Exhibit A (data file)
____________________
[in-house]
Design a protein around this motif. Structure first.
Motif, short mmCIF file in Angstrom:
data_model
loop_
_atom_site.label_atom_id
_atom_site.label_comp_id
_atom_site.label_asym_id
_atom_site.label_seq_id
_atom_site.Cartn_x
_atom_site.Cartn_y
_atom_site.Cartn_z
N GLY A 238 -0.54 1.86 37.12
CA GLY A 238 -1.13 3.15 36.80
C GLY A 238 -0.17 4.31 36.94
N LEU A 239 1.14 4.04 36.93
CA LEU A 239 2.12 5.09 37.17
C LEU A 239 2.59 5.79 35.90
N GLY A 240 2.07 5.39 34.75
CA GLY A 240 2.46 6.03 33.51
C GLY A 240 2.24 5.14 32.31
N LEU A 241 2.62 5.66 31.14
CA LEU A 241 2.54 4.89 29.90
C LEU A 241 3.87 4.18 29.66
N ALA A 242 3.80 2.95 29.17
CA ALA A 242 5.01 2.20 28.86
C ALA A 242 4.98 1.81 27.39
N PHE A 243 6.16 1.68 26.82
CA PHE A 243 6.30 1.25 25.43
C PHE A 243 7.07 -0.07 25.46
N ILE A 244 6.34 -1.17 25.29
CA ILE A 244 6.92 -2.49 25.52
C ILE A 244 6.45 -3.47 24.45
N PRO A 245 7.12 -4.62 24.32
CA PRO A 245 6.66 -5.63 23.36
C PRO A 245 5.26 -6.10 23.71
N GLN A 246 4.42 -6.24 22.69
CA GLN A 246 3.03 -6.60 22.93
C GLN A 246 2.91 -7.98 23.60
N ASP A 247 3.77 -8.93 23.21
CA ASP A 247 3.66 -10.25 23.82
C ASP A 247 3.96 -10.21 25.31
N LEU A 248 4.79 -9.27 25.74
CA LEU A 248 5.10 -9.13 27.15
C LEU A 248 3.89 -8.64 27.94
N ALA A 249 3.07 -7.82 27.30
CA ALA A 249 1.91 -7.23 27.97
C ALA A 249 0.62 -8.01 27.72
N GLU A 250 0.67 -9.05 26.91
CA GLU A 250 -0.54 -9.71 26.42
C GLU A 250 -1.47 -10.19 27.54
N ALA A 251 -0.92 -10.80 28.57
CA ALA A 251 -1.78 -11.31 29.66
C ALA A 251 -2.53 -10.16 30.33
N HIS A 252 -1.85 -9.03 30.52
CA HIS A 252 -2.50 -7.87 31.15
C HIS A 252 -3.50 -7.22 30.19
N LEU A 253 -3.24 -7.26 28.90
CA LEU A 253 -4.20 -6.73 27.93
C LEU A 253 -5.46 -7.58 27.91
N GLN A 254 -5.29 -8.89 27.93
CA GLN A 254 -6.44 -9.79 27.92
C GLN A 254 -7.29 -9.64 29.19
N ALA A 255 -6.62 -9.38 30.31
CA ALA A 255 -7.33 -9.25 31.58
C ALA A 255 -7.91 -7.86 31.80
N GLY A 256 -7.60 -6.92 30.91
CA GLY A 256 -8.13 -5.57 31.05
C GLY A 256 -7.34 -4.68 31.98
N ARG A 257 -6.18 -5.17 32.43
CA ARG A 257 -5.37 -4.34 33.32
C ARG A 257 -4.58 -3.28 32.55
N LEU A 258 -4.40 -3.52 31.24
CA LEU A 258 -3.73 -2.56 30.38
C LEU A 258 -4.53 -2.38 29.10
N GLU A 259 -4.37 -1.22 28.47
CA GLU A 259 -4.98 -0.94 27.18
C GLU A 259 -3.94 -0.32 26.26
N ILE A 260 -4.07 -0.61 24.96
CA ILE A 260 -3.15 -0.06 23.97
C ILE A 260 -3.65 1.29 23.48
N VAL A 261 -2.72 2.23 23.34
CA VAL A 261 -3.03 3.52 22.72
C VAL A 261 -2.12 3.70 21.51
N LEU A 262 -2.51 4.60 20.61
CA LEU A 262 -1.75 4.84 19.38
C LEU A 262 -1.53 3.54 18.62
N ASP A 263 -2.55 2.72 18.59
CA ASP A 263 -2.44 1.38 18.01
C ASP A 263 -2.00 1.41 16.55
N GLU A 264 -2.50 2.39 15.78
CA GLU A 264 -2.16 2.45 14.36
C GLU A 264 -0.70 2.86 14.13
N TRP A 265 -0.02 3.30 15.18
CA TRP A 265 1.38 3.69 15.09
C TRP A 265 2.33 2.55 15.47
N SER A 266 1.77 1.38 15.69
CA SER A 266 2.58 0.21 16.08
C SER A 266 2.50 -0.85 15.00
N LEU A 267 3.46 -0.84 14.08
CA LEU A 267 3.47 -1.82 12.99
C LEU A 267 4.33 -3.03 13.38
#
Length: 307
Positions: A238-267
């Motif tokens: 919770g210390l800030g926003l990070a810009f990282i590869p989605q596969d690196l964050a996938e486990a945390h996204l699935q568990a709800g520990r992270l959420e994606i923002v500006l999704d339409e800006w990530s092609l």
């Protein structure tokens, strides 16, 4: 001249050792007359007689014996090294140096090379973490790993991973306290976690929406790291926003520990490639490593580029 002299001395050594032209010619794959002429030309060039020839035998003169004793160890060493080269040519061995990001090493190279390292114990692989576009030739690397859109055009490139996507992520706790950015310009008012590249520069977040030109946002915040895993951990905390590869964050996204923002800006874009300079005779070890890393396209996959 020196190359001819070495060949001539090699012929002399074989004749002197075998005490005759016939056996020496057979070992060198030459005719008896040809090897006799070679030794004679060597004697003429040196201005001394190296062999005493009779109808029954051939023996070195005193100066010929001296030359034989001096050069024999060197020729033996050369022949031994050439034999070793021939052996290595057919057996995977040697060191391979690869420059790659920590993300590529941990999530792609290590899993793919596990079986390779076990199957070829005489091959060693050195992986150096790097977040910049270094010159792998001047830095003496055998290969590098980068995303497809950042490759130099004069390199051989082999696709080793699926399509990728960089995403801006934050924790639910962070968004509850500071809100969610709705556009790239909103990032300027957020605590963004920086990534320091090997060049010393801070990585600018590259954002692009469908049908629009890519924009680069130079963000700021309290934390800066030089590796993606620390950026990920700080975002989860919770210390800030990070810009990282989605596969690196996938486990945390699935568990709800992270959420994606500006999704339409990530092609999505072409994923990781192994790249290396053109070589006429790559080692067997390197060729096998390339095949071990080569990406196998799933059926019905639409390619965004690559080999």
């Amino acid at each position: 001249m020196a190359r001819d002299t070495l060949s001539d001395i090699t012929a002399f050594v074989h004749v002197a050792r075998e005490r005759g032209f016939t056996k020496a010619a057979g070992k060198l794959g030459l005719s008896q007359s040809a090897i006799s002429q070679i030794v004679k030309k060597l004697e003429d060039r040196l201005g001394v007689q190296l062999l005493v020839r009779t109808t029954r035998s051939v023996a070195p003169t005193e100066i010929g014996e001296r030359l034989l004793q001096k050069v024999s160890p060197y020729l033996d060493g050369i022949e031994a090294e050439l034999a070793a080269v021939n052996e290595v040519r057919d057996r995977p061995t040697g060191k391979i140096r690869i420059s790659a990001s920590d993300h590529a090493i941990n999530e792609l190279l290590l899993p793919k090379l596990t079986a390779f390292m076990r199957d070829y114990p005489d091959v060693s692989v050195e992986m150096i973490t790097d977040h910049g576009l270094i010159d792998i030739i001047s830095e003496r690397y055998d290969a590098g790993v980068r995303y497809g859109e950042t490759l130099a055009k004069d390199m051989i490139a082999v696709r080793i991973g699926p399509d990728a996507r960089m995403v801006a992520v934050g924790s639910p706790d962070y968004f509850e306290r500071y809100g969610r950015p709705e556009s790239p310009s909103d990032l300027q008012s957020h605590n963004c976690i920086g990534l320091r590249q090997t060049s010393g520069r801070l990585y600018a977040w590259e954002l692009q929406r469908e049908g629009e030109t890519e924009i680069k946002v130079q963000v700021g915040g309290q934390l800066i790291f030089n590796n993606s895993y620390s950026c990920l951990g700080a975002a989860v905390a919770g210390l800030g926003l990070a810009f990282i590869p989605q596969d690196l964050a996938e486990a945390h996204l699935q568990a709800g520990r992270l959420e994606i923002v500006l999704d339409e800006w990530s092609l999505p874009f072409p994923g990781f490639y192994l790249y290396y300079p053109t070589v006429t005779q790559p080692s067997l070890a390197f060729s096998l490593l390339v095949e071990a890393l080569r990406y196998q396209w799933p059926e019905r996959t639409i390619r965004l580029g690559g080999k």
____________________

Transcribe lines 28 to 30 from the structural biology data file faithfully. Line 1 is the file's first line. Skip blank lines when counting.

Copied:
N PHE A 243 6.16 1.68 26.82
CA PHE A 243 6.30 1.25 25.43
C PHE A 243 7.07 -0.07 25.46